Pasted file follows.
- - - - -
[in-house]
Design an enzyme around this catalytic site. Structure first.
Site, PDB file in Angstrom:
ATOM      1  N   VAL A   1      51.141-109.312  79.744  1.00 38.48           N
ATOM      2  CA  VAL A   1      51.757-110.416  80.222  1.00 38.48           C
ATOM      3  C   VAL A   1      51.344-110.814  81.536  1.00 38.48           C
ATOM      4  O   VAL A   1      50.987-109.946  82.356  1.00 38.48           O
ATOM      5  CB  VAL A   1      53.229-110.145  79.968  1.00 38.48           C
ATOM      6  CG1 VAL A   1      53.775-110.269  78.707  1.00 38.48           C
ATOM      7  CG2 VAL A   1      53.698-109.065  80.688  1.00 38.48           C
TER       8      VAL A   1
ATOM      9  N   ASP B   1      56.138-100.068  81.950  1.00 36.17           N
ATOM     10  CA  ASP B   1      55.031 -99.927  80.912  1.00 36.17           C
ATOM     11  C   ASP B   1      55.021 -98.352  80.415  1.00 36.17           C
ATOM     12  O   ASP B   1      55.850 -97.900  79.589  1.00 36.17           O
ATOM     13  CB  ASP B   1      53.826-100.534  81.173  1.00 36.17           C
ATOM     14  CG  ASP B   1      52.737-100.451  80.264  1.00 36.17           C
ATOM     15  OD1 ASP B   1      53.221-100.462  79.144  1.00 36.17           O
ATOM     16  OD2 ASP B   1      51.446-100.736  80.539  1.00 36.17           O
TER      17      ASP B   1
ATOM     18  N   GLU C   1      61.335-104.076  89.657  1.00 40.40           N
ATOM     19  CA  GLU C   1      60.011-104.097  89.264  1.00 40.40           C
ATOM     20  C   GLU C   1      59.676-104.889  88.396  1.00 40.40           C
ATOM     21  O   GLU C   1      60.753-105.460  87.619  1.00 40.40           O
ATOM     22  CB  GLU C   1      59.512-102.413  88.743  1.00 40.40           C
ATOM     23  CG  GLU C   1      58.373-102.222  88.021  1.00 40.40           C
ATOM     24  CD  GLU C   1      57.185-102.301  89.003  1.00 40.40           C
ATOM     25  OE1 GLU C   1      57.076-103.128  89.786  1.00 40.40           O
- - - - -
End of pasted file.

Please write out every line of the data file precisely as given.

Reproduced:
[in-house]
Design an enzyme around this catalytic site. Structure first.
Site, PDB file in Angstrom:
ATOM      1  N   VAL A   1      51.141-109.312  79.744  1.00 38.48           N
ATOM      2  CA  VAL A   1      51.757-110.416  80.222  1.00 38.48           C
ATOM      3  C   VAL A   1      51.344-110.814  81.536  1.00 38.48           C
ATOM      4  O   VAL A   1      50.987-109.946  82.356  1.00 38.48           O
ATOM      5  CB  VAL A   1      53.229-110.145  79.968  1.00 38.48           C
ATOM      6  CG1 VAL A   1      53.775-110.269  78.707  1.00 38.48           C
ATOM      7  CG2 VAL A   1      53.698-109.065  80.688  1.00 38.48           C
TER       8      VAL A   1
ATOM      9  N   ASP B   1      56.138-100.068  81.950  1.00 36.17           N
ATOM     10  CA  ASP B   1      55.031 -99.927  80.912  1.00 36.17           C
ATOM     11  C   ASP B   1      55.021 -98.352  80.415  1.00 36.17           C
ATOM     12  O   ASP B   1      55.850 -97.900  79.589  1.00 36.17           O
ATOM     13  CB  ASP B   1      53.826-100.534  81.173  1.00 36.17           C
ATOM     14  CG  ASP B   1      52.737-100.451  80.264  1.00 36.17           C
ATOM     15  OD1 ASP B   1      53.221-100.462  79.144  1.00 36.17           O
ATOM     16  OD2 ASP B   1      51.446-100.736  80.539  1.00 36.17           O
TER      17      ASP B   1
ATOM     18  N   GLU C   1      61.335-104.076  89.657  1.00 40.40           N
ATOM     19  CA  GLU C   1      60.011-104.097  89.264  1.00 40.40           C
ATOM     20  C   GLU C   1      59.676-104.889  88.396  1.00 40.40           C
ATOM     21  O   GLU C   1      60.753-105.460  87.619  1.00 40.40           O
ATOM     22  CB  GLU C   1      59.512-102.413  88.743  1.00 40.40           C
ATOM     23  CG  GLU C   1      58.373-102.222  88.021  1.00 40.40           C
ATOM     24  CD  GLU C   1      57.185-102.301  89.003  1.00 40.40           C
ATOM     25  OE1 GLU C   1      57.076-103.128  89.786  1.00 40.40           O